Those really suck guys!!! GREAT JOB!!!!! As for me, well..........Awhile back we were running a thread discussing the Tallahatchee Bridge and the story of Billie Joe and all of that. I posted this one and it suckered in a lot of folks. These are always better if you pull them off in context.......Anyway, here ya' go.
The story of Billie Joe is based in truth but stylized to some degree. It is an old story, dating back to the the late 40's when the only daughter of John Hatch, a Mississippi Klansman of some note, was in love with the first black attorney in the state. Jubilee Simmons was the grandson of slaves and had gone to school at the University of Chicago and returned to his family's home state, taking up residence in Carroll county in 1948.
John Hatch's daughter was known to be a bit wild and young Kelli had already incurred her father's wrath on numerous occasions. Kelli was living with two other 22 year old women in the small town of Campton, Mississippi when she met and began dating Simmons. Her father learned of it a few weeks later and came into town drunk with some Klan buddies to hunt down and kill Simmons. Simmons law offices were in the county courthouse and from an open window he could hear the drunken invectives hurled his way from across the square. He slipped out a back door of the courthouse and went to Kelli's house to take her away and save them both from the murderous rancor of her father and his "brethren."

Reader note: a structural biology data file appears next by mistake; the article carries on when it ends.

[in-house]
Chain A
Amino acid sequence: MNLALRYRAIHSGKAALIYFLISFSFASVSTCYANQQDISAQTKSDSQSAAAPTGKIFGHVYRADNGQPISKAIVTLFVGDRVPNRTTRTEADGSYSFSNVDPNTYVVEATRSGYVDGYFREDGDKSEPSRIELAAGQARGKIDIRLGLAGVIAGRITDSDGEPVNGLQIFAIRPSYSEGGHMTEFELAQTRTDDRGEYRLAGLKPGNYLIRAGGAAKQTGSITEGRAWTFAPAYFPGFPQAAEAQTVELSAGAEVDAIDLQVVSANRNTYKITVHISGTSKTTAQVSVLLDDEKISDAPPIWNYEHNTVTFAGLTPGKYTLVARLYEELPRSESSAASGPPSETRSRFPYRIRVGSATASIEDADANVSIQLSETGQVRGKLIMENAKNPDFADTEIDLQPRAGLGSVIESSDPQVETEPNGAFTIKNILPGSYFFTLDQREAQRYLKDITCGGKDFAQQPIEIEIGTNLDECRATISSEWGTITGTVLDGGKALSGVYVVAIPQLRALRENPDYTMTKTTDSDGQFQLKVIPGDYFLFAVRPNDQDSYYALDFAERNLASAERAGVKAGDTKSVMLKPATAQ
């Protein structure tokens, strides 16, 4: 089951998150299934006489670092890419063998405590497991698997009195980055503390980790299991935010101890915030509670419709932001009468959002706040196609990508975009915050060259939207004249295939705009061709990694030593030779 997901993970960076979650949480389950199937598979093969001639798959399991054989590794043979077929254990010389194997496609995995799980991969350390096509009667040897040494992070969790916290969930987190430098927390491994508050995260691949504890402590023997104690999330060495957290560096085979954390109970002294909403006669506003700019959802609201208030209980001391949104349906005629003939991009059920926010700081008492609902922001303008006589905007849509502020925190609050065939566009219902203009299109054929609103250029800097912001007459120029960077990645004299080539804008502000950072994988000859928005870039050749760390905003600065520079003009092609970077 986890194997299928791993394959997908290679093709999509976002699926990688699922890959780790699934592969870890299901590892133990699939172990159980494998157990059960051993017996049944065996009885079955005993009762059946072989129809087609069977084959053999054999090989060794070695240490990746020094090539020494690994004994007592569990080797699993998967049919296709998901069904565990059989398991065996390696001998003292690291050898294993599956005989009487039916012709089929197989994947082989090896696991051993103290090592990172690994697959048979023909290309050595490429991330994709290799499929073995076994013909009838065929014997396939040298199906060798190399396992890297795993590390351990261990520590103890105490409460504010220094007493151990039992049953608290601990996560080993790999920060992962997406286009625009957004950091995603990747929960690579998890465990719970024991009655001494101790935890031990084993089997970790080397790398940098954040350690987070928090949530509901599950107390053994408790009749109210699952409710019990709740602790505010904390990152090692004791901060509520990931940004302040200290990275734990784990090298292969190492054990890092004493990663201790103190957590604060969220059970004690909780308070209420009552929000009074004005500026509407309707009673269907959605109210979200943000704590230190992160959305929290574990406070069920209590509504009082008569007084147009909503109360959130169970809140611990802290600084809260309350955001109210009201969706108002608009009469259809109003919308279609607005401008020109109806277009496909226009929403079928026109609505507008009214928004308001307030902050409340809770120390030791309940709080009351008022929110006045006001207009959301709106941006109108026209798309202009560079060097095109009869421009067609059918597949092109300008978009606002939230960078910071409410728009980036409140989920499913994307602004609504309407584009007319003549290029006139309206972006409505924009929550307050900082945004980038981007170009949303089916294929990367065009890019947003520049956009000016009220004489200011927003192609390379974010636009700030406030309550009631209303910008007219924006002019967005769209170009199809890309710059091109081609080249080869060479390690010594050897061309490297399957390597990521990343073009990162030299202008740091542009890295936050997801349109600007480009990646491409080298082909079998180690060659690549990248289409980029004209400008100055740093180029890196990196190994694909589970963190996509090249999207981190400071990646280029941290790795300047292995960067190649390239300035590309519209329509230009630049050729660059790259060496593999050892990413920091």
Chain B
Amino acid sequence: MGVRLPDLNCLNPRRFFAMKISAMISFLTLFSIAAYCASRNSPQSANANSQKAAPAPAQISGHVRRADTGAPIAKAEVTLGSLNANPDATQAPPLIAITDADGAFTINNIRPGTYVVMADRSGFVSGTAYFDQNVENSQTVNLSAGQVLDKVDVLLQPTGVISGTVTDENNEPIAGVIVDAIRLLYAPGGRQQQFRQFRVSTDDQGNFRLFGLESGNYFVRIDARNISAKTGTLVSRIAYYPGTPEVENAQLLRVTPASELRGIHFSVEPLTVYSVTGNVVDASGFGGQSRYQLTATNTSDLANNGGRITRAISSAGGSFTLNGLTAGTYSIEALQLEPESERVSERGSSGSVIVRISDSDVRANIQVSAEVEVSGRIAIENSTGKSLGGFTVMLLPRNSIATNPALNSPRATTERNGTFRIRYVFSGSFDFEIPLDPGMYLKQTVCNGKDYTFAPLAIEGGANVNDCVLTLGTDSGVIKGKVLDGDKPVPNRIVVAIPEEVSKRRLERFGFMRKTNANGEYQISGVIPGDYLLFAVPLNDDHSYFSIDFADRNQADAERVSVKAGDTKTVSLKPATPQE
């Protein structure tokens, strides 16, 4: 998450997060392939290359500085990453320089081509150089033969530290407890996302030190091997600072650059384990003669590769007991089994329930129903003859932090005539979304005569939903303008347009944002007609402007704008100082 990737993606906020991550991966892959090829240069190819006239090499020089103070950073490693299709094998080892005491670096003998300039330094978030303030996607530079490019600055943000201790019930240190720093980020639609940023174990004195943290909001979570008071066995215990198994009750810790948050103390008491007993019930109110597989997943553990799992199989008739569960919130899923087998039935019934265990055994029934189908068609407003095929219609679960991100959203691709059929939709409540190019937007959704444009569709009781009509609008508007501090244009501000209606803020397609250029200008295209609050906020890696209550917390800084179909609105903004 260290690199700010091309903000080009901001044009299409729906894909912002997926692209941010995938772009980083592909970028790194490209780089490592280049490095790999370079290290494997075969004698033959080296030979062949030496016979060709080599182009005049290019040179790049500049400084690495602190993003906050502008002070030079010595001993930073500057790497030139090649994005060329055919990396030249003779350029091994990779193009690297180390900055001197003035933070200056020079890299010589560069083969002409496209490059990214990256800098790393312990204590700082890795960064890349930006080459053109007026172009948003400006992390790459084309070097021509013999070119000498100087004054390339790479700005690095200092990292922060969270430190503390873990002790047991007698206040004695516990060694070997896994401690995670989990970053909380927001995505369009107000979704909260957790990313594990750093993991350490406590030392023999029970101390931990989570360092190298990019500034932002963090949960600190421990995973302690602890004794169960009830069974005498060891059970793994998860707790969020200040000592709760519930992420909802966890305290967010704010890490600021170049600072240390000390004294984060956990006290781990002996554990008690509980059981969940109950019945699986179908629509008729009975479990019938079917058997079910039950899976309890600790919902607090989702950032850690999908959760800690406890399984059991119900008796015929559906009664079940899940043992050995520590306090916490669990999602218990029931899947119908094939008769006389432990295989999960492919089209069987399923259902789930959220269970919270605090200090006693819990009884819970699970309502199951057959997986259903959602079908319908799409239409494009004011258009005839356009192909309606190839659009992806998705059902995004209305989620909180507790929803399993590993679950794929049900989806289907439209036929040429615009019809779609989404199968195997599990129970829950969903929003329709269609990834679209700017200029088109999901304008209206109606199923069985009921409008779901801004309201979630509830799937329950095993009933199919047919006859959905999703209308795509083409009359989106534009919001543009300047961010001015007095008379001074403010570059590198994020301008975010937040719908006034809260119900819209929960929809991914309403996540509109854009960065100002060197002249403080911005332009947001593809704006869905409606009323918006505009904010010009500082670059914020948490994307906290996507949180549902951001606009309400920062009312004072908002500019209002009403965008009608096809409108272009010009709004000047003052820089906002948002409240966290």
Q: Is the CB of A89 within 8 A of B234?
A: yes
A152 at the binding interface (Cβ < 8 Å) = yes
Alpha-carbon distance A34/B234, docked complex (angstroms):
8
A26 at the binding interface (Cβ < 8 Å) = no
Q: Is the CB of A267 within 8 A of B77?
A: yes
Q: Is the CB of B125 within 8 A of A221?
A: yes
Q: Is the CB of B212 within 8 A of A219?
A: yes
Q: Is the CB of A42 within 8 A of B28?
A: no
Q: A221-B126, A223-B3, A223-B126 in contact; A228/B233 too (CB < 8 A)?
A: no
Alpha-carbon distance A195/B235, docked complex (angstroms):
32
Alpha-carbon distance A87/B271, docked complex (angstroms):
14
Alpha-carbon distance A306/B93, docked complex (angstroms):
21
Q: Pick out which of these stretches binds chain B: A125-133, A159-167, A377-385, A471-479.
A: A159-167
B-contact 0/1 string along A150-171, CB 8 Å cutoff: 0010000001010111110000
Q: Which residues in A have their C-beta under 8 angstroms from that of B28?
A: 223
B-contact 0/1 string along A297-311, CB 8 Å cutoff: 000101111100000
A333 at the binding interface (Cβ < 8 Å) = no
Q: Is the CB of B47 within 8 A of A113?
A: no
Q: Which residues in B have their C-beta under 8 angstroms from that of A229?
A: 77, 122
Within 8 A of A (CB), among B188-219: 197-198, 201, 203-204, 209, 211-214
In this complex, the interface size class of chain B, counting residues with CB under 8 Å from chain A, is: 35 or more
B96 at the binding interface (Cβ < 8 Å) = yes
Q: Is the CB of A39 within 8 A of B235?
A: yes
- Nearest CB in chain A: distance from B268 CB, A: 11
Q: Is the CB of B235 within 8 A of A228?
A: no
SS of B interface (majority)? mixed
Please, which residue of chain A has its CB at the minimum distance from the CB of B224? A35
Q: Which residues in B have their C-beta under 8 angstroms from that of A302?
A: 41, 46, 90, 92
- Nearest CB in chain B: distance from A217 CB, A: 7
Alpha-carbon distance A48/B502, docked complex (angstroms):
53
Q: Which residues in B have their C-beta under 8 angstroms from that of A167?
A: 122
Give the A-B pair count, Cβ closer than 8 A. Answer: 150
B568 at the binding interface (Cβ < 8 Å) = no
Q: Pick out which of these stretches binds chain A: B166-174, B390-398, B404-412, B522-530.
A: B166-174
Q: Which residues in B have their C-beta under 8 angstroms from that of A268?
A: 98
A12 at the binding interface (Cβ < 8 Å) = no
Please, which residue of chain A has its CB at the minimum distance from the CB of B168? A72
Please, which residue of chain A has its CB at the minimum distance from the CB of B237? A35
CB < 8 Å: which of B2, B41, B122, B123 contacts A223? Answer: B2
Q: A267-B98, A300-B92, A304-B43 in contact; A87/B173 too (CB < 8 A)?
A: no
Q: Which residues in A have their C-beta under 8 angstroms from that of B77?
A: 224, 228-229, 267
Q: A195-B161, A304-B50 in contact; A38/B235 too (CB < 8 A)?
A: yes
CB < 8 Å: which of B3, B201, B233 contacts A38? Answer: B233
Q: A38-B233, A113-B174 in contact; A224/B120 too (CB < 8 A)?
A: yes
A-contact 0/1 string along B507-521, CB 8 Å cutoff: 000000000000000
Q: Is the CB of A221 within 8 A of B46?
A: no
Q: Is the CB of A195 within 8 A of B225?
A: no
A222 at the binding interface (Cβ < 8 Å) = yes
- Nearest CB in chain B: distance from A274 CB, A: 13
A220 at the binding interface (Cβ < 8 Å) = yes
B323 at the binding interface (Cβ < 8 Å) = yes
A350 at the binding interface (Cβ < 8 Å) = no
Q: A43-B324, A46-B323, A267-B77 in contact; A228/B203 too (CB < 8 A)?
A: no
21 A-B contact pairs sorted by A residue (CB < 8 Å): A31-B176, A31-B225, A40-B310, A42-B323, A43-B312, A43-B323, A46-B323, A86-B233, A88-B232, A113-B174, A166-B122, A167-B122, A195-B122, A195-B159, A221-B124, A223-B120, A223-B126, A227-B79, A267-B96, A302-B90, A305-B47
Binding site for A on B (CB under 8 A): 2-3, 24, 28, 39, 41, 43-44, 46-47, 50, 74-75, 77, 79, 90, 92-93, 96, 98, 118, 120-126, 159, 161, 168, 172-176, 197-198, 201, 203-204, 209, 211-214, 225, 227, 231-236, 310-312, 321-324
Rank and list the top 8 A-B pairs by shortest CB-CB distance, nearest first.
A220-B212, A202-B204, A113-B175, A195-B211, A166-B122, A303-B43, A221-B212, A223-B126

Not finding Jubilee in his office the Klansmen split up to search for him and John Hatch went to his daughter's, presumably to beat her or possibly worse. He arrived before the pair had left and headed in the back porch door adjoining the kitchen. Seeing him coming, Simmons grabbed a kitchen knife and jumped atop the counter and then onto the top of the refrigerator that stood by the door. As John Hatch passed, he didn't notice Simmons who then jumped him safely from behind and in the ensuing struggle, Hatch was stabbed with the knife. The lovers bagged his body and threw it off a bridge on their way out of town. They were on their way to Chicago when they were arrested in Clarksville, Tennessee and returned for trial in Mississippi. Jubilee represented both and thanks to the testimony of one of the roommates and Mrs. Hatch who had suffered abuse for years at the hands of her husband, both were acquitted and moved to Chicago where he established a moderately successful practice on the south side.
The original song told the story as it was, but owing to legal considerations, the Gentry version was done instead. The original was titled, "The Day that Jubilee the Barrister Jumped Off of Kelli Hatch's Fridge."